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This is a common misconception. You don’t need a rooster for your hens to lay eggs. A rooster is needed to fertilize the eggs to hatch them into baby chicks, but hens will lay just as many eggs whether there’s a rooster around or not.
Some farmers prefer to keep an all-female flock, and urban or suburban homesteaders may not have a choice due to zoning laws that forbid roosters. Sometimes farmers choose not to keep roosters because they can be noisy and aggressive.
When you keep a rooster, you have to be careful about broody hens (who will sit on the eggs, hoping they will hatch), because the eggs will start developing into baby chicks if fertilized. You can use the broody hen to hatch eggs, but this involves some decision-making and supervision so that the eggs you eat aren’t the ones she’s sitting on.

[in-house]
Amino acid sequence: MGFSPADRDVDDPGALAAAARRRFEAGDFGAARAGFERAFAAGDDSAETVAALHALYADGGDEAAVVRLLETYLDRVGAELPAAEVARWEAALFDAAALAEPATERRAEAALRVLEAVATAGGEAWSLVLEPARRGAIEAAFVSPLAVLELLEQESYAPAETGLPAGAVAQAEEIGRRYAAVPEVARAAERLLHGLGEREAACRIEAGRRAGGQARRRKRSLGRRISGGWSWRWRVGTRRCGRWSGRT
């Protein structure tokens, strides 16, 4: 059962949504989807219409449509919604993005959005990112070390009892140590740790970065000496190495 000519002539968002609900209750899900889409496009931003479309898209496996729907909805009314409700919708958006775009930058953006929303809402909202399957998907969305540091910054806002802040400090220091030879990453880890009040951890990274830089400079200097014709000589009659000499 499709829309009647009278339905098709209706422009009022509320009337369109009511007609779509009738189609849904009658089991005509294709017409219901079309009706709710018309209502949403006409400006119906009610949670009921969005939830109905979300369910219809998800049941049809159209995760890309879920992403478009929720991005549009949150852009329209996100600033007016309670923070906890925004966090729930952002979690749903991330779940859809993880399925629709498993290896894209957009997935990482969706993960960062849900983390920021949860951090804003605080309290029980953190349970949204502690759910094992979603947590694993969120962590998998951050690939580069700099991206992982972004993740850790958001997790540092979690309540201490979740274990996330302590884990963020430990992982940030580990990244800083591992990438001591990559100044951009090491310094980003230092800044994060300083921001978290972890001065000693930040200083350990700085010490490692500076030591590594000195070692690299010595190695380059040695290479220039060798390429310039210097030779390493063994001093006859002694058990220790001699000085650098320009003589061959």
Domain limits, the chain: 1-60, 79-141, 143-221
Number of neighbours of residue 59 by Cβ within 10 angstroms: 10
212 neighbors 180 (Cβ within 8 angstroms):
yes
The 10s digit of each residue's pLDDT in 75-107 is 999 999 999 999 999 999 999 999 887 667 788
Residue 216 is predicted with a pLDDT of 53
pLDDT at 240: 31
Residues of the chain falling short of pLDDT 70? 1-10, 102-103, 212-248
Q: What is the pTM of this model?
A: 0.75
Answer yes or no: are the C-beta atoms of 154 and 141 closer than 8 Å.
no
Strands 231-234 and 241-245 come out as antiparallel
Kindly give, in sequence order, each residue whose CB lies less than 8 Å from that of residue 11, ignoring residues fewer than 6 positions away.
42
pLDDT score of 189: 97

Some farmers prefer to have a rooster because he does offer significant protection for the flock. He will guard against predators and sound the alert if there is any perceived danger.